Addiction is a disease, not a mindset or a moral failing. Outdated Part 2 regulations are aiding and abetting discrimination against people with a SUD.
Some integrated healthcare delivery systems, such as HIEs, Medicaid Health Homes and Medicare Accountable Care Organizations (ACOs) won’t accept a patient’s data (who has a history of SUD treatment) because they lack the technology or financial resources to comply with current consent and data segmentation requirements. Ironically, these entities were designed to provide “whole-person” care that addresses a full spectrum of co-occurring brain and body health conditions, including addiction treatment.
What’s the answer?
We are seeing some movement in the right direction. There are indications that SAMHSA may reopen the rulemaking process for further input. Reps. Markwayne Mullin (R-Okla.) and Earl Blumenauer (D-Ore.) have introduced the bipartisan Overdose Prevention and Patient Safety Act in the U.S. House. A bipartisan companion bill, the Protecting Jessica Grubb’s Legacy Act (The Legacy Act), has been introduced in the U.S. Senate by Sens Joe Manchin (D-W.Va.) and Shelley Moore Capito (R-W.Va).
These bills more closely align 42 CFR Part 2 regulations with HIPAA, helping to ensure that all clinicians involved in a person’s care get the full picture of their health. The bills also strengthen protections and prohibitions against disclosures of SUD information for criminal justice purposes — a legitimate concern of patient advocacy groups.
Most recently, during the fourth meeting of the President’s Commission on Combating Drug Addiction and the Opioid Crisis, leaders from the nation’s top insurance companies, as well as Commission members, overwhelmingly called for immediate 42 CFR Part 2 reform to stop the horrific cycle of preventable and unnecessary deaths in this country.
Recently, SAMHSA published a final rule that now allows for greater flexibility in the sharing of SUD treatment information by third parties for payment and healthcare operations. The final rule specifically excluded treatment, diagnosis and referral for treatment from the new, more flexible provisions.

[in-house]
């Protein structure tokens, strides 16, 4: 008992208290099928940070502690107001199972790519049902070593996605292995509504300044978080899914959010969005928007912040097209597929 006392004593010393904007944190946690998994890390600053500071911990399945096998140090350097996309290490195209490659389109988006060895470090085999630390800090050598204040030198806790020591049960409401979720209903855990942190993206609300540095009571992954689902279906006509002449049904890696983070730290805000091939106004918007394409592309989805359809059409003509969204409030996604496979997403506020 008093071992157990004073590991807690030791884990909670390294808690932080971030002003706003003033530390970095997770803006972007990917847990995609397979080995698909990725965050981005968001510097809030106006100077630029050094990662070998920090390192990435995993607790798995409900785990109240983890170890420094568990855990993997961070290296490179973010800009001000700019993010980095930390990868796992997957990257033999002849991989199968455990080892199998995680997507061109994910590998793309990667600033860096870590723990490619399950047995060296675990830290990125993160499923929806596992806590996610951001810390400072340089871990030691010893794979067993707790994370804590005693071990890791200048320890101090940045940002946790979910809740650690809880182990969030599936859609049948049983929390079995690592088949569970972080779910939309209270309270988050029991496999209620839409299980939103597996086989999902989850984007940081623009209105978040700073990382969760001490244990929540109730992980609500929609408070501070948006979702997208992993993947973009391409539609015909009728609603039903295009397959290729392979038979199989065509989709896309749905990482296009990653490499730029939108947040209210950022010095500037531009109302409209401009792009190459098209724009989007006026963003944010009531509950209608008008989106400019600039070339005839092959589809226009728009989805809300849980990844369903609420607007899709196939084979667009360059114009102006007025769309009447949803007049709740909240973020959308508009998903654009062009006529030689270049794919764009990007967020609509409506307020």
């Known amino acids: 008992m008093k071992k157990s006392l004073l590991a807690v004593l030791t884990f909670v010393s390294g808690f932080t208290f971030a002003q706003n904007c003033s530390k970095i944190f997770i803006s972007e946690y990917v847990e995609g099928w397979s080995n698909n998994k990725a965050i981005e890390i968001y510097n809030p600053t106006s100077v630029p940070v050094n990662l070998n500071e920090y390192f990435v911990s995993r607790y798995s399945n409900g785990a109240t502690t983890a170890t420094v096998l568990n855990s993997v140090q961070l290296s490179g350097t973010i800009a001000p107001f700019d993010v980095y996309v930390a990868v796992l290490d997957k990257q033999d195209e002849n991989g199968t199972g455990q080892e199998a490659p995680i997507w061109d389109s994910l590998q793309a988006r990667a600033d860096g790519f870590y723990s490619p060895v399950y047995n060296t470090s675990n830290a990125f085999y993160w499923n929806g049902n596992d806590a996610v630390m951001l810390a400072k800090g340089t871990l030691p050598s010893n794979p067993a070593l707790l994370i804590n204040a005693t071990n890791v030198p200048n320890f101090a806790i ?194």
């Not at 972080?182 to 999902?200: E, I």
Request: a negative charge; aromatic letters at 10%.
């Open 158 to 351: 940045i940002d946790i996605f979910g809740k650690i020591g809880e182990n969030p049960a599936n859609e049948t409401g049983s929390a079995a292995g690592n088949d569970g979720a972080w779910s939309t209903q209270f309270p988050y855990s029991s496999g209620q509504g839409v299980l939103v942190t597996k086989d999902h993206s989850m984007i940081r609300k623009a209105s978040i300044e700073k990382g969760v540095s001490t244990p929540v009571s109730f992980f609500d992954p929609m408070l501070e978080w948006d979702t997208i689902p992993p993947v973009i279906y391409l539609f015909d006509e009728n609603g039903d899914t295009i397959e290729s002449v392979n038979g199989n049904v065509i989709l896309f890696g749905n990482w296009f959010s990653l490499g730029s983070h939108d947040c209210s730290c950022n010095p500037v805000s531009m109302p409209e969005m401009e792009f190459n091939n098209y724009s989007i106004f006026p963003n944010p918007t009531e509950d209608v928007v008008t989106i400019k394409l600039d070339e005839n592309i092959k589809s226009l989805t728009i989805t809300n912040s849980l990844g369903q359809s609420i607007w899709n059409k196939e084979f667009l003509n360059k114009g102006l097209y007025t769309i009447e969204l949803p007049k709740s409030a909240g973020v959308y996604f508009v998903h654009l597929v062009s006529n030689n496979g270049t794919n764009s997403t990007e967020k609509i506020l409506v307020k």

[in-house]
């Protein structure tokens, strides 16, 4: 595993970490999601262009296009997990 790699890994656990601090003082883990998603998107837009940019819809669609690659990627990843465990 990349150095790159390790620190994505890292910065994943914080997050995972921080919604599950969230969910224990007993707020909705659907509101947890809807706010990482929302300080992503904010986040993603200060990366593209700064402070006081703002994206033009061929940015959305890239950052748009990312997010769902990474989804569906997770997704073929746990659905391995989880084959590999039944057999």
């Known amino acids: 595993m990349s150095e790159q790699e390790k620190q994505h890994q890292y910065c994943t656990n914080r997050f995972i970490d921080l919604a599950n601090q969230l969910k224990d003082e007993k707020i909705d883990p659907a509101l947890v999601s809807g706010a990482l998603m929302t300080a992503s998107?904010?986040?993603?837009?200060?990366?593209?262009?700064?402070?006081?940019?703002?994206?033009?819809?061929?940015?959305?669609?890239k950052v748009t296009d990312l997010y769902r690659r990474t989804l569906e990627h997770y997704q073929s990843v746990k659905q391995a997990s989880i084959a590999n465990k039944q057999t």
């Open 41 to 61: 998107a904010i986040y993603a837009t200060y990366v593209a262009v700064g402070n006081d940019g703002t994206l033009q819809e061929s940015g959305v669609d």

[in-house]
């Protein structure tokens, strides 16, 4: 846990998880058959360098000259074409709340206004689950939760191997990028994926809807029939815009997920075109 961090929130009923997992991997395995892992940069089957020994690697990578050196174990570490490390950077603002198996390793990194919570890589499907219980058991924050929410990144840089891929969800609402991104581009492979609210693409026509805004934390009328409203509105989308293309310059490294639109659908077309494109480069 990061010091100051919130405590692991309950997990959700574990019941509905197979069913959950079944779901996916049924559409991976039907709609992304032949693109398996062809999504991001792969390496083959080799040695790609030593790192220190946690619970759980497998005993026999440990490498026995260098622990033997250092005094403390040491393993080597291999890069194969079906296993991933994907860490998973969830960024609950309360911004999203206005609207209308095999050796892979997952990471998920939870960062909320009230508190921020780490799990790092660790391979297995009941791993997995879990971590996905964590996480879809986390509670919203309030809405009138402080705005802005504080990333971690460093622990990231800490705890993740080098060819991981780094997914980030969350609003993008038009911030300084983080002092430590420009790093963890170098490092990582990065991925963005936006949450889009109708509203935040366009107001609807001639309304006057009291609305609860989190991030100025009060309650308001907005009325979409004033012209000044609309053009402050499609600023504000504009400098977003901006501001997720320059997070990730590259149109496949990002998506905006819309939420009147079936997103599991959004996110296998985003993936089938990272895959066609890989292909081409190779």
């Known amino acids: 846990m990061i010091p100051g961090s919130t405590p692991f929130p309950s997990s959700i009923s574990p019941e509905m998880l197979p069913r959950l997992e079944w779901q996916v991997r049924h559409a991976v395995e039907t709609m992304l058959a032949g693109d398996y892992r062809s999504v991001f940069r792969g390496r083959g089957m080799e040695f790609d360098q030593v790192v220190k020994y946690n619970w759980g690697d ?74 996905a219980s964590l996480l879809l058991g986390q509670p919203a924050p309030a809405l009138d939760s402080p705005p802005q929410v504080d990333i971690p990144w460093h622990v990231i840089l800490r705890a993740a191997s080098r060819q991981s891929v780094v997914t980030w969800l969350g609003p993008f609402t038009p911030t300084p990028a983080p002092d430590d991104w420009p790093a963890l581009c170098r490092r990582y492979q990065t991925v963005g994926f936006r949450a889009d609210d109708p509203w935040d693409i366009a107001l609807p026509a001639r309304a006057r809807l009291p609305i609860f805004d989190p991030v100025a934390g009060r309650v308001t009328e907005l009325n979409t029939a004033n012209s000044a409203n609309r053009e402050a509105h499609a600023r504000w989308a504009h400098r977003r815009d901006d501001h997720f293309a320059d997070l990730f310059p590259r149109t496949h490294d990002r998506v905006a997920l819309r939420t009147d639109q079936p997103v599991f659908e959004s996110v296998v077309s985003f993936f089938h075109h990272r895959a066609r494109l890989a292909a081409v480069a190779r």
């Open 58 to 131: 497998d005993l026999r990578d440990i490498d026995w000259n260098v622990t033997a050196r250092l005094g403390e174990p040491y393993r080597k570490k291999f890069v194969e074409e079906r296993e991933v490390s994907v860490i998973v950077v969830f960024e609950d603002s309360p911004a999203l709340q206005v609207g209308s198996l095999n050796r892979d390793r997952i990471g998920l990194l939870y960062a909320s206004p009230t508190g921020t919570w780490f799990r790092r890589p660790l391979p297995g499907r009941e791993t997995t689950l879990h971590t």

Ironically, it’s now easier for a person’s SUD-related health information to be shared by payers, health plans and other entities for billing, payment, claims management and collections — than with the person’s own healthcare providers for fully-informed diagnosis and treatment. The exclusion of treatment from the list of permissible activities for disclosure prevents people with an SUD from benefiting from coordinated, integrated care and exacerbates the stigma often associated with SUDs.
While HIPAA provides substantial protections for health information, it also provides something that Part 2 regulations cannot: patient choice. The decision to share critical health information should lie with the individual, not the Part 2 program, SAMHSA or the healthcare system.
Patrick J. Kennedy is the founder of The Kennedy Forum and former democratic congressman from Rhode Island. He is also a former member of the President’s Commission on Combating Drug Addiction and the Opioid Crisis. Kevin Scalia is the executive vice president of Netsmart.